We have very sophisticated and robust instruments, which have been used all over the world for a long time to test volcanic activity. We have seismic instruments, because when magma goes up the conduit, pushing against its walls, it produces fractures and vibrations that get measured. These volcanic tremors increase the closer you get to an eruption, so they’re a good precursor. We also have a sensor that measures the ground’s deformation, because when the volcano is close to erupting, it tends to swell like a panettone inside an oven. We have geochemistry sensors, because the gases always coming out of the top precede the arrival of magma. So by studying the variation of the gas composition, we can foresee what the volcano is going to do in the next days, weeks, and months. It’s really a multidisciplinary approach. In fact, in our institute we have geologists, but also engineers, geophysicists, mathematicians, computer engineers, and they all have a specific job to work together to monitor the volcano.
Why is Mount Etna so active?
Because Sicily is at the center of the Mediterranean Sea, and because the center of the Mediterranean — like Italy, Greece, and Turkey — sits above the meeting place between the African tectonic plate and the European one. This very complex clash of the two plates allows for the creation of volcanos like Etna, like the Aeolian Islands, the volcanoes in the Lazio region, and also the mountain ranges like the Apennine Mountains and the Alps. The most evident result of this clash manifests itself through earthquakes — for example, the earthquake swarms that are happening right now in Central Italy. So Mount Etna is very active because of the geodynamic conditions of the Mediterranean region and of eastern Sicily that make it that way.
Mount Etna got a new crater recently. How did that happen?
Etna’s dynamics are really something exceptional, especially in the last few years. Beginning in 2011, a new summit crater — called maybe with little creativity New Southeast Crater — began growing. This crater has produced at least 50 of the eruptions in the past six years. It’s been growing very rapidly. In about five and half years, it’s become a volcanic cone more than 300 meters high. The last two eruptions — the one that’s going on right now and the one that occurred a couple of weeks ago, and lasted about two and a half days — came from this new crater. The crater has a fracture at its base, from which a lava flow is pouring out, and it’s already moved about 2 kilometers (1.2 miles). The problem is that this lava isn’t flowing directly on the ground, but on a thick layer of frozen snow. [This is what caused yesterday’s explosion at almost 9,000 feet.] It’s a pretty known phenomenon on Mount Etna, because Etna is very active. When these eruptions happen in the winter, they can interact with the snow and produce these types of phenomena.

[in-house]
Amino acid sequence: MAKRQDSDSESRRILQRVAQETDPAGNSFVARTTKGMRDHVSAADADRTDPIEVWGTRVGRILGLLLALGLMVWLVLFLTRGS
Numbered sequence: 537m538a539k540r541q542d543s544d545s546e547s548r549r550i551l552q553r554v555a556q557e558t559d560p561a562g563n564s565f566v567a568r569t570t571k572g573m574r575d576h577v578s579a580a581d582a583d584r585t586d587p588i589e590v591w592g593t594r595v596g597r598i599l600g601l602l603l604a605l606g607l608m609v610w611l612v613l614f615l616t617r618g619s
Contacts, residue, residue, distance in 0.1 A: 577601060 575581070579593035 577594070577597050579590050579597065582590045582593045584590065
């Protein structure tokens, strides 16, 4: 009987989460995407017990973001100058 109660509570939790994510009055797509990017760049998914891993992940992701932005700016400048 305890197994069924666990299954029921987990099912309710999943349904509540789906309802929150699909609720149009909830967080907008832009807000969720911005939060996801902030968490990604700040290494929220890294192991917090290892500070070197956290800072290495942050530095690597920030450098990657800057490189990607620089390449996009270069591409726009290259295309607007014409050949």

Can Etna’s eruptions kill people?
You really have to try hard to die on Mount Etna. Or you have to be particularly unlucky. Lava flows give you time to escape. Finding shelter during explosions is hard, but again, you have to be very unlucky or very reckless to be hit by one of those explosions. If you get too close to the erupting New Southeast Crater, the risk of being hit on your head is very high, but no one would think of doing that, obviously.
That said, the fact that the volcano is considered harmless is a myth, because it can create lava flows from one of its side fractures and invade areas, even urbanized ones. About one million people live on Etna’s slopes. That means this is a very urbanized volcano, especially on its southern side. There are some areas in the volcano where erupting fractures open up periodically. If one of those opened up right now, tens of thousands of people would have to be evacuated. If lava invaded those areas, it would destroy everything. You can’t build anything to withstand a volcano. If a volcano decides to invade a territory, it would inexorably destroy it. But it leaves you the time to escape, so, after all, we can consider it a harmless volcano.
Volcanos produce a lot of carbon dioxide. Is that bad for the environment?
Mount Etna definitely produces a lot of CO2, and especially a lot of SO2 [sulfur dioxide]. This information is often associated to pollution, but without volcanoes and without earthquakes, our planet would be dead because it wouldn’t have an atmosphere. The atmosphere we breathe today was produced by billions of years of volcanic activity, so let’s slow down when we say that volcanoes pollute. Volcanoes are our life. Without volcanoes, we wouldn’t be here having this conversation.